Granaccia

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A grape varietal, most notably known as Vernaccia, used in the production of white wine. Vernaccia (Pronounced ver-naht-chah) is derived from the word “vernaculum”, the Latin term for indigenous. Although the origin is thought to be Greek, it is grown significantly in the Tuscany region of Italy. Cultivated primarily in Tuscany’s Sand Gimignano and Sardegua’s Val Di Tirso. The Vernaccia varietal is most widely known for its part in the production of Vernaccia de San Gimignano wine, the first wine to be classified as an Italian D.O.C. in 1966; it later became classified as an elite D.O.C.G. wine. Although the Vernaccia grape is grown in several Italian districts, the grape from the town of San Gamignano is the most famous.

Also known as: Vernaccia, Guarnacha and Granazza.

Characteristics: During the last 2 decades, the quantity produced has decreased but the quality has been enhanced greatly. Wines made with Vernaccia can vary tremendously in characteristics. Most often a crisp, refreshing, clean, dry, structured wine. Some are sweet and golden in color, with almond, floral, and a slightly citrusy flavor. A few tend to exhibit a slightly oily characteristic.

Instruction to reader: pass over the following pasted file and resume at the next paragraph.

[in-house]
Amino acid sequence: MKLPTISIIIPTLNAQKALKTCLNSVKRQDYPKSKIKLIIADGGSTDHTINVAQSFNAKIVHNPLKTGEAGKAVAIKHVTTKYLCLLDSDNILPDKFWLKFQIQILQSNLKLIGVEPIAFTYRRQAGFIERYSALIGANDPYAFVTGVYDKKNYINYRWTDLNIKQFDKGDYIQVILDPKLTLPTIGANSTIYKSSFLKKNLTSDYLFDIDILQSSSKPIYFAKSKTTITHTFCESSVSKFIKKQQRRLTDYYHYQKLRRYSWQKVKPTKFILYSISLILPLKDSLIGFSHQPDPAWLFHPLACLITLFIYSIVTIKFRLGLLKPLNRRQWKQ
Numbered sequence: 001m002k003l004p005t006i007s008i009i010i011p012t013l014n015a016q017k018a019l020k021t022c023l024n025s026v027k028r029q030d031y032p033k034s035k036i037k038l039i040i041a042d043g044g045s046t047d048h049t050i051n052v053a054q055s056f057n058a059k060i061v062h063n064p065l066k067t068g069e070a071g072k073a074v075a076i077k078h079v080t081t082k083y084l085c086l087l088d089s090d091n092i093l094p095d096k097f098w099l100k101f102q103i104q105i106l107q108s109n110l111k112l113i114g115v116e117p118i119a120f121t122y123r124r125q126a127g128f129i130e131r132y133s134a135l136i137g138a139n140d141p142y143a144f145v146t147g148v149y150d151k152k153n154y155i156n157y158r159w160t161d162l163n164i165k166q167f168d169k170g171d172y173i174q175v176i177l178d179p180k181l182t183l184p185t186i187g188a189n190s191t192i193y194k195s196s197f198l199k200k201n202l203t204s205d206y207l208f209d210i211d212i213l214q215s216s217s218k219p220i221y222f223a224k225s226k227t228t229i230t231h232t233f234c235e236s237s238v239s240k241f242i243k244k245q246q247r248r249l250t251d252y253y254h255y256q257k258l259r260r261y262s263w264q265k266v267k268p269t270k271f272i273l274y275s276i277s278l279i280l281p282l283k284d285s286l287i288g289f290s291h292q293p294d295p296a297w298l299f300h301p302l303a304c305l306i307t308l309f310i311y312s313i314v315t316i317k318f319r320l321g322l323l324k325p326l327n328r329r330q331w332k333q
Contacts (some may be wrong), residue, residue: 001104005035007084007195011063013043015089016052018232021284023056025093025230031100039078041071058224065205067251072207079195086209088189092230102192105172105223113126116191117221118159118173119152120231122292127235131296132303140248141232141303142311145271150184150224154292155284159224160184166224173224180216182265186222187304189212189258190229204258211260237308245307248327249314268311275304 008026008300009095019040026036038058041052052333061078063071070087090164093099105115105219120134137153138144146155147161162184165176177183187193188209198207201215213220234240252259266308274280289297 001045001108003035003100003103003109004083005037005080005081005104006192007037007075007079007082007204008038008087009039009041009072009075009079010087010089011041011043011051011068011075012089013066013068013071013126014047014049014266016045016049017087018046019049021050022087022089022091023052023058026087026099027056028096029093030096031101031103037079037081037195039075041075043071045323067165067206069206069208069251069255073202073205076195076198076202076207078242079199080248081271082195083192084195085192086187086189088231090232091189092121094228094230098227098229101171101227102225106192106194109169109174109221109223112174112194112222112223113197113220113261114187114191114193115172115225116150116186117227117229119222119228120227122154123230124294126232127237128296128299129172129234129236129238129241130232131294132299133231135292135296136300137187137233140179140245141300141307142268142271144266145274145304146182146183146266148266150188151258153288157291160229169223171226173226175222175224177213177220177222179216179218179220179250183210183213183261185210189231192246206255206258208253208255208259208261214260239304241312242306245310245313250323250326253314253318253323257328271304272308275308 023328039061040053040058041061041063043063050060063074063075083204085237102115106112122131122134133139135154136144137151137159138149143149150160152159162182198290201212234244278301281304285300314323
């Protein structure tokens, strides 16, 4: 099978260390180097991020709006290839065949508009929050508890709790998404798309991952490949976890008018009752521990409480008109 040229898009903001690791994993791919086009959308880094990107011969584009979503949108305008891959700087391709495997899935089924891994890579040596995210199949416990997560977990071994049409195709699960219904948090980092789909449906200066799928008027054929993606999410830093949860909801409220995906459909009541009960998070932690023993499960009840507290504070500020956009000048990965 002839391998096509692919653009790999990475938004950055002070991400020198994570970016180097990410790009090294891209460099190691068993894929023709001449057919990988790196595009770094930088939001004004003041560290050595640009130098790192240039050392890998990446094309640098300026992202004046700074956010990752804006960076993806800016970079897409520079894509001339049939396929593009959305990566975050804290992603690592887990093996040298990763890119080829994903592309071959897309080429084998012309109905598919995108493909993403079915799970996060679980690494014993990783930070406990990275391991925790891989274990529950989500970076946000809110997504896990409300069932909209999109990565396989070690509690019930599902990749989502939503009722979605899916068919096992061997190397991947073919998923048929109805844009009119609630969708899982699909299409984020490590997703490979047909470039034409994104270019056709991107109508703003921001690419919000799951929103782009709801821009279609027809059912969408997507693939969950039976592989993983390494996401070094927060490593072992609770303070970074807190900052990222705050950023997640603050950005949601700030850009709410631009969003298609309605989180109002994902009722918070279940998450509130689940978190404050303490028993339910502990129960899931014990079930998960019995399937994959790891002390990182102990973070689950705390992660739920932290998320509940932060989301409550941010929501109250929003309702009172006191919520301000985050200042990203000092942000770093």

Ageing: Vernaccia wines that are sweet and golden are best drunk young. Dry Vernaccia are typically aged a minimum of 2 years, allowing them to mellow. Those labeled superiore are aged 3 years, and those labeled riserva are aged 4 years.

Serving temperature: Serve at a temperature of 50º-58º F.

Food pairings: As well as being an excellent aperitif, Vernaccia wines also pair well with fish, pasta, grilled poultry, veal chops, shellfish, seafood, bottarga, and desserts (specifically almond).

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